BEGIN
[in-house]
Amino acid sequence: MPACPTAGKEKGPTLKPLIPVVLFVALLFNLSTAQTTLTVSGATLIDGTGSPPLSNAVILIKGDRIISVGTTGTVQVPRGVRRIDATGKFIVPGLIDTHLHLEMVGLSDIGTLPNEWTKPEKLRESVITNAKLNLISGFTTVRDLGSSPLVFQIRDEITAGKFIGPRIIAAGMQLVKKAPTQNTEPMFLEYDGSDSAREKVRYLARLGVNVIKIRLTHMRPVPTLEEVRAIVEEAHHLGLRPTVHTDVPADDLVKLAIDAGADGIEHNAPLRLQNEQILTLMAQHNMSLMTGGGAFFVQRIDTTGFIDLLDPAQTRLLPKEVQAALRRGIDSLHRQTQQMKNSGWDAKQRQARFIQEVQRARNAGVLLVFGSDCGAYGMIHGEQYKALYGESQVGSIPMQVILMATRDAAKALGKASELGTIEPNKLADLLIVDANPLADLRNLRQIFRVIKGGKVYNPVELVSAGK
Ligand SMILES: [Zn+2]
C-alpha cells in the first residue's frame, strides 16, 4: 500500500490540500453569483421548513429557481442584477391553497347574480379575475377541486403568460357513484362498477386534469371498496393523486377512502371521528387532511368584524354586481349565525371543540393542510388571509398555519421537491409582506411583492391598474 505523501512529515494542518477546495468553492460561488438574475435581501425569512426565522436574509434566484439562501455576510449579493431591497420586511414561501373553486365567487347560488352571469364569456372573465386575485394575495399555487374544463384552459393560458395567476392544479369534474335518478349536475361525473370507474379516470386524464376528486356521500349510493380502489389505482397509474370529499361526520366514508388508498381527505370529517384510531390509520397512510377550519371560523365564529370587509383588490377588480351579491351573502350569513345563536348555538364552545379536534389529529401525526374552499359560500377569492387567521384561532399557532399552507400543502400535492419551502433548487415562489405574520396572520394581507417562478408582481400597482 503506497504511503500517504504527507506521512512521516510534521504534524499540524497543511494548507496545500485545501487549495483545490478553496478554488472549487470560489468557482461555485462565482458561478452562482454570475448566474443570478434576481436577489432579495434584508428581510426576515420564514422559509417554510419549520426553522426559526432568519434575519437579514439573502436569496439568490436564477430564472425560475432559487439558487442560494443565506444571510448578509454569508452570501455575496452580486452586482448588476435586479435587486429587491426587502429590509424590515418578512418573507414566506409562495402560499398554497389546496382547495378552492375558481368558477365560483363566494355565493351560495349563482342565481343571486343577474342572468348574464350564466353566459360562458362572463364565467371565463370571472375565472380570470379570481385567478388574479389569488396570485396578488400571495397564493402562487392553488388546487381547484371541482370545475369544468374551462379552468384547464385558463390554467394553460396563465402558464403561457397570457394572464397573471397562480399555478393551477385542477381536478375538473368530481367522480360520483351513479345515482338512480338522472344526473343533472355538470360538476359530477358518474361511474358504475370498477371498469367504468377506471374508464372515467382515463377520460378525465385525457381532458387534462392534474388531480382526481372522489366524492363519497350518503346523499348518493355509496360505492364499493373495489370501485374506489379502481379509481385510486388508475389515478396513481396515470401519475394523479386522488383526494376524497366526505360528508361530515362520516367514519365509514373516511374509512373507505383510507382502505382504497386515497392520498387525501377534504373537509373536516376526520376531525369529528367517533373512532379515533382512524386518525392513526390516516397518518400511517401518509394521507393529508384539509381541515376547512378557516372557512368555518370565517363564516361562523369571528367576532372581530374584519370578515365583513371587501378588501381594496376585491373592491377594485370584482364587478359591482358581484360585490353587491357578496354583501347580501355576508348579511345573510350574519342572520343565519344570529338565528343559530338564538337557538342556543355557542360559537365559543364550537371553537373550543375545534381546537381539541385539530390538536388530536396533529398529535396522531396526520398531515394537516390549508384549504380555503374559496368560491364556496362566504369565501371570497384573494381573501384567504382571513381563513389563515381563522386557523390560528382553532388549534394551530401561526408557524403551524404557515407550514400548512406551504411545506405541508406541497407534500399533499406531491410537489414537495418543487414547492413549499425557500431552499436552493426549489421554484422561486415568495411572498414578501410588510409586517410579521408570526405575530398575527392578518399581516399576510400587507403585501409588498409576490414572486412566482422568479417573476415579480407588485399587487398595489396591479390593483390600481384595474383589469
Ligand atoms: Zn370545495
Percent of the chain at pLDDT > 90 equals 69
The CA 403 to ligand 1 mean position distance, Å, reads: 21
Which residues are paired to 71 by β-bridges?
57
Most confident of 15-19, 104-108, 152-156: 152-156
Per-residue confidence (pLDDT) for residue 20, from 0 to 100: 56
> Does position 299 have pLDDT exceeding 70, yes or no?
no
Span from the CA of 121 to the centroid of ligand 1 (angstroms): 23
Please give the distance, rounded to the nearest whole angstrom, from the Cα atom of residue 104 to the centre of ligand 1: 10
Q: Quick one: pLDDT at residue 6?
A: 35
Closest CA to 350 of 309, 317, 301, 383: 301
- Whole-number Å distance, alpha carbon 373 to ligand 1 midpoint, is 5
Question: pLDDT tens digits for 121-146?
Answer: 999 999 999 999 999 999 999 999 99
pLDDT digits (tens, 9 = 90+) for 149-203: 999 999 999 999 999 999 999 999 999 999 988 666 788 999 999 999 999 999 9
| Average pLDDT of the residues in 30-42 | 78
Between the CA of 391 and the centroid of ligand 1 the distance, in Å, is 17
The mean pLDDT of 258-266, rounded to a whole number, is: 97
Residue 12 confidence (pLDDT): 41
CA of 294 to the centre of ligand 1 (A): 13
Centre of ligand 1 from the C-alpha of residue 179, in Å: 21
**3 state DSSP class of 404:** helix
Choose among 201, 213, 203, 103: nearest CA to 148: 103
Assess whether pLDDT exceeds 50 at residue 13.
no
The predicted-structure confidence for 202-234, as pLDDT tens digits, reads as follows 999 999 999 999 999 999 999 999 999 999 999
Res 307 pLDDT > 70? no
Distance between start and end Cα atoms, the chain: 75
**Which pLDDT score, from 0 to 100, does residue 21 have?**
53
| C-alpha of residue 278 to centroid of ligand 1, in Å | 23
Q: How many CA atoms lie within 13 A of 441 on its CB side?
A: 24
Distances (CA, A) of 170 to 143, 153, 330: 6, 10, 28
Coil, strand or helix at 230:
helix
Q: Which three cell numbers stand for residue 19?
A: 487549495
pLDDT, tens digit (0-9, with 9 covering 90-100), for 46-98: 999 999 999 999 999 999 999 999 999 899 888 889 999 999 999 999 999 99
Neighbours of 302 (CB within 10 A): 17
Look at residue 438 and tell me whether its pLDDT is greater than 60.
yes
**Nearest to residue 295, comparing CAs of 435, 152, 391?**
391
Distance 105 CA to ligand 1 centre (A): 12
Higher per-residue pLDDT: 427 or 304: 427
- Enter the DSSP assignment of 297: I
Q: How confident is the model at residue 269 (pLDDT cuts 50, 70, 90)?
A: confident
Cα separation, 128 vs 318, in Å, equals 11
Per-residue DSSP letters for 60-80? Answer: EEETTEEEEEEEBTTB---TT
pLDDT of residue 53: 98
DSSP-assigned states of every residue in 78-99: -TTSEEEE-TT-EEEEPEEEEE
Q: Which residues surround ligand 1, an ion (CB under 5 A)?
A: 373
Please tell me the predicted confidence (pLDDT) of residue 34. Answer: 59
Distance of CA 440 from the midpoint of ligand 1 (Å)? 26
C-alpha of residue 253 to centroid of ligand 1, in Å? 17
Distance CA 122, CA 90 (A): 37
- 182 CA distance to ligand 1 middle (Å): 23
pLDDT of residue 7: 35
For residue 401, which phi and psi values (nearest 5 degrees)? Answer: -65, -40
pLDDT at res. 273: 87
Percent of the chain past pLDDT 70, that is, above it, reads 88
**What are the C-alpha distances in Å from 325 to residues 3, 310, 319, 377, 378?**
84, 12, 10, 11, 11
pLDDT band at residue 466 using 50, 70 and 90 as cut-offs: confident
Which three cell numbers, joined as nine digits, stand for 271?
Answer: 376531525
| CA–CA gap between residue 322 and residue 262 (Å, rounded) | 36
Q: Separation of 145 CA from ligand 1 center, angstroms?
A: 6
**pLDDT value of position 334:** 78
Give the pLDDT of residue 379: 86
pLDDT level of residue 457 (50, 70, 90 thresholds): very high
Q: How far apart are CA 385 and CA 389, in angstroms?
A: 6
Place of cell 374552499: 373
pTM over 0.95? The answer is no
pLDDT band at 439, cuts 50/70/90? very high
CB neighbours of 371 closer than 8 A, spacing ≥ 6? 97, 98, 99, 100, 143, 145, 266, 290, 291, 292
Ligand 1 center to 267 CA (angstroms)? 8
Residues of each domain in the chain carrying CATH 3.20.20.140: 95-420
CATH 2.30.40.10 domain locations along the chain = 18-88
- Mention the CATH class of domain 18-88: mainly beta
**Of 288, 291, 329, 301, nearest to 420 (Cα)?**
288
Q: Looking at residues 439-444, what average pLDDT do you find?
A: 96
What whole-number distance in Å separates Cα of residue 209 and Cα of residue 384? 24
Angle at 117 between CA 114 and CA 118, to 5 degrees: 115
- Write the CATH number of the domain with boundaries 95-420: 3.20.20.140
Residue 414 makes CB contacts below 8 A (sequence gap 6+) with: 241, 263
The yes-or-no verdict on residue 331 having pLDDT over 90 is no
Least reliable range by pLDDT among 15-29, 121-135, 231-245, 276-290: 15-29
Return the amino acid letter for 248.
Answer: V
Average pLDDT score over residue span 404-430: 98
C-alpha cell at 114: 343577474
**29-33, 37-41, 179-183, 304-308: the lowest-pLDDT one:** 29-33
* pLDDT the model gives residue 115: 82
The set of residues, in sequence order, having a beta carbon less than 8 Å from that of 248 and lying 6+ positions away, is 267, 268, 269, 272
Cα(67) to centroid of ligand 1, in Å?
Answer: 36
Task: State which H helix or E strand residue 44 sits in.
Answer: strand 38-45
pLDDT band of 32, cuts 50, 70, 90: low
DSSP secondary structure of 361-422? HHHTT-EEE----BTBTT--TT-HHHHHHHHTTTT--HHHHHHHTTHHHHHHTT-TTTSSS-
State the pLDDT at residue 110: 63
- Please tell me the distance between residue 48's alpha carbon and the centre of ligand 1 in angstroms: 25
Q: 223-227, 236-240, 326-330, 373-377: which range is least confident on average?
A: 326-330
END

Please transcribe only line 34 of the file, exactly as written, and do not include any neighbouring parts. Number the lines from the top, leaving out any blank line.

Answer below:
Res 307 pLDDT > 70? no